'Bish Bosch' - Scott Walker


Bish Bosch is the much anticipated fourteenth studio album from 'Godlike genius' Scott Walker. Six years on from The DriftAndrew R. Hill plumbs the depths with an extended analysis of the 'exhaustingly thrilling' record that may well be Walker's latter-day magnum opus.


Image courtesy of 4AD.

Image courtesy of 4AD.

Bish Bosch comes six and a half years after the desolate and disquieting horrorscape of Walker’s previous album proper, The Drift. It was a sparse, amniotic, terrifying masterpiece. To get lost in that record meant the threat of never coming back was very real; some of us almost didn’t. Bish Bosch has its moments of silence (or ‘thick silences’ as Rob Young would have it in the press release) and is possessed of intensity comparable to its predecessor, albeit of a rather different kind; however, it is in many ways a far more complex and exhausting record. The Drift was full of complicated concepts, but the text was cavernous, as was the music, chasmic swathes of sonic space interrupted by monolithic blocks of acoustic noise; Bish Bosch is a near-constant miasma of shifting and contrasting lyrical and musical ideas, the latter being – as the composer always insists – directed by the former, an important aspect to keep in mind when approaching this record (and the rest of Walker’s self-composed oeuvre).

Jackhammer bass drum. “While plucking feathers/from a swan song, / Spring might/press its thumbs/against your eyes. / While plucking feathers/from a swan song, / a cobweb melts/within a womb. / While plucking feathers/from a swan song, / an incontinent/is singing Scarpia.” What does it mean? Who’s to know, but it does bear many of the lyrical markers that recur throughout the album: wordplay, twisted humour, oblique cultural and historical references, queasy anatomical imagery, with an undertone of violence and a sense of the absurd. This confluence of disparate concerns persists throughout most of the album and renders it an intellectually tasking listen. If Walker is to be considered a Modernist, then Bish Bosch may well be his Finnegan’s Wake, and as with that most consistently opaque text, one could be forgiven for thinking every now and then that the author may be playing a little with his audience – he may even be taking the piss. This is not to disparage the work of course - this is a complicated record to attempt to digest, lyrics alone - but it’s important to remember that Walker isn’t without a sense of humour.

Corps de Blah has an overtly anatomical lyric and revels in a kind of bodily disgust. To a choir of flatulent squeals, Walker remarks: “Ah, my old/Scabby Sachem, /A sphincters [sic] tooting our tune.” Elsewhere, he’s “drowning Yonical tears” and tells us “Grinding upheaval/always affects the genitals”. But Corps de Blah isn’t merely a series of bodily distortions, there’s references to North American Indian leaders (“Sachem”, “Sagamore”), the stars of the Summer Triangle (“Altair, Verga[…]and Deneb”), imperial Russia (“in the Duma”), French folk dance (“Eukaryotic/ gobbler of gavotte”) and mediaeval leather shoes (“ ‘Take your/turnshoes/and wobble’ ”). It’s incredibly difficult to construct even the most simplistic of interpretations without feeling one is falling significantly and idiotically short of the actual meaning (if there is or ever can be one). It could be about growing old, the anatomical elements of the lyric referring to the inevitable decline and disintegration of one’s body with age, while the ancient and old curiosities are relics, remnants, a sense of obsolescence one is made to feel when facing old age.  Not knowing whether one is even close to interpreting the lyrics ‘correctly’ is one of the great joys of Bish Bosch – it’s an album you could probably listen to a thousand times and still find a new interpretation for a line here, or a stanza there. It could never really get boring (if anything, it gets more interesting with repeat listens), but it is bloody tiring.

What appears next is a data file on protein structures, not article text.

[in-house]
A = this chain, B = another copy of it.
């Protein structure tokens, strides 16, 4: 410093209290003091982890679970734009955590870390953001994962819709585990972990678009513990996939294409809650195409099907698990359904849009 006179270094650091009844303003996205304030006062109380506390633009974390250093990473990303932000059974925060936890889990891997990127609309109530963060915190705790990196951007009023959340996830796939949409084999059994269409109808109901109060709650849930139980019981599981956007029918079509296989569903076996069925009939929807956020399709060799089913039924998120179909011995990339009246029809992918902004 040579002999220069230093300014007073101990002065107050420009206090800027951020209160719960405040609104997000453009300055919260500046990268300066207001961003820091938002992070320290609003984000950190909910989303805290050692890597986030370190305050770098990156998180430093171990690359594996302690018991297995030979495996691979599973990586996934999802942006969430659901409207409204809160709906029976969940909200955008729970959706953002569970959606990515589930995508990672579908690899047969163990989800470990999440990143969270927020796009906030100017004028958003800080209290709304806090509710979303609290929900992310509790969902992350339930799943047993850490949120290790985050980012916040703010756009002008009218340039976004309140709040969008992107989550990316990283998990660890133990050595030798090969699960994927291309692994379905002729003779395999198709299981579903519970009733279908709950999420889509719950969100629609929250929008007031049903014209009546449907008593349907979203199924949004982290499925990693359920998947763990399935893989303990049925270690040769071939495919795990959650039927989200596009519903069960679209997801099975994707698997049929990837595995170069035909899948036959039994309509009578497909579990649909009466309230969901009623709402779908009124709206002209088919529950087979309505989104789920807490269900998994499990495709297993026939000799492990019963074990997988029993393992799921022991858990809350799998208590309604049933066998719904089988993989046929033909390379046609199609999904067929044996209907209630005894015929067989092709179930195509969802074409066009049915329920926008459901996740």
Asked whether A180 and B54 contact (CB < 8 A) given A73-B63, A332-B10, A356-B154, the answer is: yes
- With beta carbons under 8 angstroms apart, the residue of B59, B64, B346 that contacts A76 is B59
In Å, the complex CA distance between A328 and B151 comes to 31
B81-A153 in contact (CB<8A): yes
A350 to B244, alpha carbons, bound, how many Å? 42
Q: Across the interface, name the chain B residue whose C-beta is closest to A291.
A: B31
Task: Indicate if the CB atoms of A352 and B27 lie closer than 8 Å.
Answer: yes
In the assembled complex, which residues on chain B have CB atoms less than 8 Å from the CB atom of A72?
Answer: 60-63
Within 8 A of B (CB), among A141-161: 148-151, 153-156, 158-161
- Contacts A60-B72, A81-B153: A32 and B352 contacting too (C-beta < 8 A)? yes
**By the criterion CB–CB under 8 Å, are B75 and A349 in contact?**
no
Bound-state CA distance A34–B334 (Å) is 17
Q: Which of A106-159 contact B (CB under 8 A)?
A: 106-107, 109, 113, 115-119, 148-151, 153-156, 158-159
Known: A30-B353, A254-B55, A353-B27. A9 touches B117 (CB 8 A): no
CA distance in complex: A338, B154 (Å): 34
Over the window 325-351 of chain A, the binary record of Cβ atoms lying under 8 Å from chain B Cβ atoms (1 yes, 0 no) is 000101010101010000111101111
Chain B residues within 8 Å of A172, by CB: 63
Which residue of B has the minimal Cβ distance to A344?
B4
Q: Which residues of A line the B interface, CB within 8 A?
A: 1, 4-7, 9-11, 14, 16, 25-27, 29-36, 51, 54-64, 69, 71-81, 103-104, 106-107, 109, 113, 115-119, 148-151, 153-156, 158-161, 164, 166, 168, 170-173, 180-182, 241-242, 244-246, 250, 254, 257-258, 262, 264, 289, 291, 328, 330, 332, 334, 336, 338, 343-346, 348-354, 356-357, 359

All that, and (flatulence aside) no real mention of the music: a constantly shifting tapestry of aural disturbance, restless and bordering on the unhinged. Over ten minutes there are passages that bear passing resemblance to snatches of every album Walker has made since the Walker Brothers’ Nite Flights onwards, as well as its own vocabulary: mournful a capelle vocals, ominous orchestral clouds, aqueous rolling percussion, cockerels crowing, tangles of atonal staccato strings, dulcimer-like chiming and glitchy electronics, not to mention the clashing machetes, a sound that appears periodically throughout the course of the album. The aural palette continues to expand throughout the album: metallic guitar riffs, dementedly jazzy bursts of horns, jingle bells and percussive, rain-like skittering. Often the music will turn without pause or warning – it takes many listens to be able to anticipate the twists in these slippery and frequently recondite compositions.

 
 

Perhaps most abstruse of the nine tracks on Bish Bosch is SDSS 1416+13B (Zercon, a Flagpole sitter) (the title says it all, really). Outside of classical and contemporary classical music, it may well be one of the most complicated compositions that one could ever hope to encounter. There’s no real comprehensive manner of describing the music outside of the above, so in many ways it’s better to approach the lyrics in order to illustrate this alleged complexity, bearing in mind that the music changes completely every few dozen seconds with very little repetition over twenty one minutes and forty three seconds, all through following the lyric. The loose concept (as explained by the composer) is that Zercon (also known as Zerco), a deformed Moorish dwarf that performed as a kind of jester in the court of Attila the Hun, becomes a flagpole sitter (just what it sounds like) and eventually turns into 'The coolest sub-stellar body ever found outside the solar system', a brown dwarf known as SDSS 1416+13B. That’s a fantastical and fantastic and complicated concept enough without taking into account the other threads that run throughout, often concurrently.